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Does Your Renovation Need a Contingency Fund?

Many people have set aside a good chunk of money for their renovation project budget, even setting aside a 10 per cent buffer for things they might have overlooked. So why is it that some renovation consultants are recommending setting aside an additional 20 per cent of your budget as a contingency fund for other less necessary aspects of your renovation that might arise along the way.

Actually, the cost of a renovation project is not quite easy to determine. For sure, there will be some unforeseen expenses that you have not thought of during the beginning of your renovation project. Remember that it is important to know which costs you should accommodate and which ones are absolutely unnecessary.



The most common complaint from many Singaporeans is that they went over their set budget, even with the 10 per cent buffer. Therefore, balancing your budget is one of the many skills you have to learn during your home renovation process. You can scale back on some of the items which are not deemed to be absolutely necessary. For example, instead of paying for the best, latest tiles, you can get slightly older designs which cost a lot less. Instead of buying that very expensive antique row of cabinets, you can have built-in ones which might cost more.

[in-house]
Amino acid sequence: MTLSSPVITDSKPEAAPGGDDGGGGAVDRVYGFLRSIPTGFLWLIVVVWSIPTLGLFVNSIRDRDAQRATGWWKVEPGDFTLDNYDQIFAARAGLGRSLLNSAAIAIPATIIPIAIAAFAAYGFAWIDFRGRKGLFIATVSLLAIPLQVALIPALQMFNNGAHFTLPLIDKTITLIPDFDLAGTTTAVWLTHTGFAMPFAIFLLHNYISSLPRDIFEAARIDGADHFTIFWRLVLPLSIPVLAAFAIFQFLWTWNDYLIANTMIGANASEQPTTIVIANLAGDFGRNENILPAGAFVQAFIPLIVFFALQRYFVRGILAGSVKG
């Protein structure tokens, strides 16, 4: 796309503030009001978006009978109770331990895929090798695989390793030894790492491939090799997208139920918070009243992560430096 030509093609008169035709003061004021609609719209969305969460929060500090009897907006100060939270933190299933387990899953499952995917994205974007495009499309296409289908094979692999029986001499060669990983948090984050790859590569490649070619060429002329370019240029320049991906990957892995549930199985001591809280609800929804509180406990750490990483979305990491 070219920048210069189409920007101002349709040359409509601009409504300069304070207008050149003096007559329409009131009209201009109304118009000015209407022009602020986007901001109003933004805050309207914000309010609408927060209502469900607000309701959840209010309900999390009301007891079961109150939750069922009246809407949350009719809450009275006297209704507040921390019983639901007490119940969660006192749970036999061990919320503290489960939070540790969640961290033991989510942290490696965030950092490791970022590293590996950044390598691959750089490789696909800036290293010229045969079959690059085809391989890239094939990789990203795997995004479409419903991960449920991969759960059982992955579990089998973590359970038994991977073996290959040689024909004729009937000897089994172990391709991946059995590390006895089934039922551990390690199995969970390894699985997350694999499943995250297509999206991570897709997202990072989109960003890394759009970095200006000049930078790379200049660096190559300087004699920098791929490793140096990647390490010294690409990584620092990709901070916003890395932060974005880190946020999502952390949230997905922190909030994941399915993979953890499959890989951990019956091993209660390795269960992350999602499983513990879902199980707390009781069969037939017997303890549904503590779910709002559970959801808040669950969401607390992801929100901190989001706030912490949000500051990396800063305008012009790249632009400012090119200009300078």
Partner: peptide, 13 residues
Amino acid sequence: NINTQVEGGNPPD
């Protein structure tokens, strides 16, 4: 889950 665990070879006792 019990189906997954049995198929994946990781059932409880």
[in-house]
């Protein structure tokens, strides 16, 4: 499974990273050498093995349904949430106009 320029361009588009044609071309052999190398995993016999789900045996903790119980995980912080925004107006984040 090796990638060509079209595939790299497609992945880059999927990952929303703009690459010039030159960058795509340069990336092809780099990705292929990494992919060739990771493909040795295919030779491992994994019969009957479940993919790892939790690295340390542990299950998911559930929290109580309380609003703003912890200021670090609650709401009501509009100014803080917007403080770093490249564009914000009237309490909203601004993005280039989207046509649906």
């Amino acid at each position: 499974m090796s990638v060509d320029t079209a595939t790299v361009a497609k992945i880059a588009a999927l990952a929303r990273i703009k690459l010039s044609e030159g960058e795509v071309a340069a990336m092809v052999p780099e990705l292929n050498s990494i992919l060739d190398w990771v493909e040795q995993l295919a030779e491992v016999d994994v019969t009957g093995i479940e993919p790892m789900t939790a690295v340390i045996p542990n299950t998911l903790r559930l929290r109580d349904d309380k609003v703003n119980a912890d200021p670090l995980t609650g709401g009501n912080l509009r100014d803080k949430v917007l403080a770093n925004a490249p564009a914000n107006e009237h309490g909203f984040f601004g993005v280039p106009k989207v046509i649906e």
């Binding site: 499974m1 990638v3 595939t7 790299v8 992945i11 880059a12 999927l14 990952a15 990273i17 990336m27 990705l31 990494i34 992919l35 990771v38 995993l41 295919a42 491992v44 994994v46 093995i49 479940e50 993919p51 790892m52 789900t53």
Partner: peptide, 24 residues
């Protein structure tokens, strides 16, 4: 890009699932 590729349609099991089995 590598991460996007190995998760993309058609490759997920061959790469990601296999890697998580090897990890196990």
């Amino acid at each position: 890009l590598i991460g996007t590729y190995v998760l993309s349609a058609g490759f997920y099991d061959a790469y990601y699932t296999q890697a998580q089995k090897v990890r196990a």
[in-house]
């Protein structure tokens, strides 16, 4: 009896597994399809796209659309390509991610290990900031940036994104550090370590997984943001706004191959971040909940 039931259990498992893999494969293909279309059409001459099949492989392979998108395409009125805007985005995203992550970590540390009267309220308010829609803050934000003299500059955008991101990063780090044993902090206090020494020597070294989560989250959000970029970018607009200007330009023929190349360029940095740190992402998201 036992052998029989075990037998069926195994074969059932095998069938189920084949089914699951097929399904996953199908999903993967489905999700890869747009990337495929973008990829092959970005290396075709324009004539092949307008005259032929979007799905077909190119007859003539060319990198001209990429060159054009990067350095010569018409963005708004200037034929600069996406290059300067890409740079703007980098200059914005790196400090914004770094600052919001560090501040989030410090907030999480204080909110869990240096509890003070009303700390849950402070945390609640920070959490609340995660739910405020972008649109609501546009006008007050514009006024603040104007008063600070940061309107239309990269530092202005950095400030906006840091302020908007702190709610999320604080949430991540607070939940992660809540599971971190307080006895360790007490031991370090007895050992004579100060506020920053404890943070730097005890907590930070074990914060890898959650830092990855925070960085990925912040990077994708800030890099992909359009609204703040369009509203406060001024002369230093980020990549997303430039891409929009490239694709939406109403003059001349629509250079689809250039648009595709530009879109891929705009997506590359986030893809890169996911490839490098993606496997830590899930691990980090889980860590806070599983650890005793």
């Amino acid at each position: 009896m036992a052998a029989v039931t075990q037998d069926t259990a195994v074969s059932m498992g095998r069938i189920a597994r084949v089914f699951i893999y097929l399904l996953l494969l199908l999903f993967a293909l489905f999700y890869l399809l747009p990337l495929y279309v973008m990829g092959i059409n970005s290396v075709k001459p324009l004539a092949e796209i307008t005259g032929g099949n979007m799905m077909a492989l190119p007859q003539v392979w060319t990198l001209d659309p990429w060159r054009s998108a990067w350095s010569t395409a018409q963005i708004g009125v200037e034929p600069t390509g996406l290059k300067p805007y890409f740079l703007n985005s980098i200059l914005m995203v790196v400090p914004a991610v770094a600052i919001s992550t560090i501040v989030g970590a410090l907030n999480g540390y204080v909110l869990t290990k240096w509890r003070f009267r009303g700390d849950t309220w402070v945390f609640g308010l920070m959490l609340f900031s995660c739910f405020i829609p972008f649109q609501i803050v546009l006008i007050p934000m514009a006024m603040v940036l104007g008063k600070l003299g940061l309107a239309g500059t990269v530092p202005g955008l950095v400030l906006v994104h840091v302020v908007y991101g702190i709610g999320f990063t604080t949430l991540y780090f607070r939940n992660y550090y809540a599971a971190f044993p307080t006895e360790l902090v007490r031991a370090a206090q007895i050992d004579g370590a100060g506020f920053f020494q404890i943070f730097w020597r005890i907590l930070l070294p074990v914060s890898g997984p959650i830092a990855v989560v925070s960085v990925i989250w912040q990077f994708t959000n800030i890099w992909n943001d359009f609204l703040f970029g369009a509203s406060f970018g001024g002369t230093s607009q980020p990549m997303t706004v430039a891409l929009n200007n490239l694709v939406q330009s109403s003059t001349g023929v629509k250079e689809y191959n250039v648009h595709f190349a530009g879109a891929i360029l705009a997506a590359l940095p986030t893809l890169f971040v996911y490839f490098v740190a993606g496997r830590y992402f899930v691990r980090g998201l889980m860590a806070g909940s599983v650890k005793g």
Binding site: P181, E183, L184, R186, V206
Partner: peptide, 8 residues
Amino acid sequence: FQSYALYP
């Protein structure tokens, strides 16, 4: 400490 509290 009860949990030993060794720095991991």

The contingency fund is something that you use only when you badly need it. If your renovation fell within your initially set budget, you do not tell yourself that you can get a fountain or a snazzy chandelier just because you still have a contingency fund that you can make use of. If your renovation fell within your budget and you did not even touch your contingency fund, you should be proud of yourself for having managed your renovation costs very well.

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